Even if you are the most vigilant pet parent, it is possible for ticks and fleas to find their way onto your pet and from there, find their way into you home. Flea populations can explode from a handful to hundreds in a matter of a few weeks, while ticks can attack themselves to humans, passing on serious conditions such as Lyme disease and Rocky Mountain spotted fever. The earlier you can spot and start dealing with an infestation of ticks or fleas, the more likely it is the situation can be resolved without any such complications.
Identifying and treating fleas
In the case of fleas, don’t jump to conclusions just because you see your dog scratching itself. Food allergies or irritations of other kinds can cause the same behavior. If your dog is scratching its ears a lot, check for the presence of ear mites or another infection.
If you suspect your dog has fleas, check its fur. You may see the creatures themselves, scrambling or jumping for cover as you part the fur around them, or you may see the waste material they leave behind, which will look like tiny specks of dirt against your pet’s skin.
To get rid of fleas, choose a pesticide that will target both adult fleas and their larvae. Ensuring your rid you pet of all larvae as any that survive will simply mature into adults and begin the cycle all over again. For immediate relief, consider using a flea shampoo or giving your dog some specialist medication to eradicate the infestation.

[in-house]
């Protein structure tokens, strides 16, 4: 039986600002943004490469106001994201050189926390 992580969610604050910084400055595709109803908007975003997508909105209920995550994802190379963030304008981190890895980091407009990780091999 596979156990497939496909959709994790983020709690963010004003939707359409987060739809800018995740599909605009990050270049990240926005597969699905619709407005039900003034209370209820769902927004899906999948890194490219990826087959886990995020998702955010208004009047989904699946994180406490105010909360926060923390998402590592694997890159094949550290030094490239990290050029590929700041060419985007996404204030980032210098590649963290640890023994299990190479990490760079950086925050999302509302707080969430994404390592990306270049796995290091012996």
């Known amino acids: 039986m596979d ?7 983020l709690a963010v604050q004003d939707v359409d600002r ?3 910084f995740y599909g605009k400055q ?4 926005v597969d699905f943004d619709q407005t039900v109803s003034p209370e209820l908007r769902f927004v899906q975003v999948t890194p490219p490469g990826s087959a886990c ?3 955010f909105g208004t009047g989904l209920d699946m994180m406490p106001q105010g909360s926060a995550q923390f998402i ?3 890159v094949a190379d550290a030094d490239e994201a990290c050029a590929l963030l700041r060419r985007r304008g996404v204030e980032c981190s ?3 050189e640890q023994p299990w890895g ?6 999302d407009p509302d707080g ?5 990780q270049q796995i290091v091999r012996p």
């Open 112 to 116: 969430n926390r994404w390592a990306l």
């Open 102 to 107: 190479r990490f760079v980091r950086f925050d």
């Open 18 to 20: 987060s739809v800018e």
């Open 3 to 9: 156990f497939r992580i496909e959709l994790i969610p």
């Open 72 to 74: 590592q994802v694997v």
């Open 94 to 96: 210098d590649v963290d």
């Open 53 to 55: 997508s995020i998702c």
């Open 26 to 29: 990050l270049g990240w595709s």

Identifying and treating ticks
Tick bites can sometimes result in dogs suffering from a fever, symptoms of which may include loss of appetite, weakness and unusual panting. Be on the lookout for bumps or unexplained scabs whenever you stroke your dog.
It takes only one tick in your home to start an infestation in your home. These tiny creatures lay their eggs in areas such as baseboards, the edges of rugs and window surrounds. If you find a tick in your home or on a part of your dog’s body, check both yourself, the members of your family and any other pets for the presence of more ticks.
If you find ticks, either on your pet or on a member of your family, they should be removed using tweezers to pull them out slowly and steadily so that the whole creature, including the mouth, is removed. The CDC recommends immersing ticks in rubbing alcohol to kill them. There are also a number of topical products you can apply directly to your dog to kill ticks.
Beyond the dog
Treating your dog is only one part of the solution – you will also need to treat your home to ensure any fleas or ticks are completely eradicated. Failure to do means you risk the infestation returning once more. A professional pest control firm such as www.cheltenhampestcontrol.co.uk can not only treat your home but also provide assistance on measures that can be applied to the immediate surrounding your property to make it less likely for ticks to be able to enter.
Prevention is always better than cure, so you should always try to minimize the chances of getting a flea or tick infestation in your home in the first place by giving your dog a monthly treatment, either orally or topically, as recommended by your veterinarian.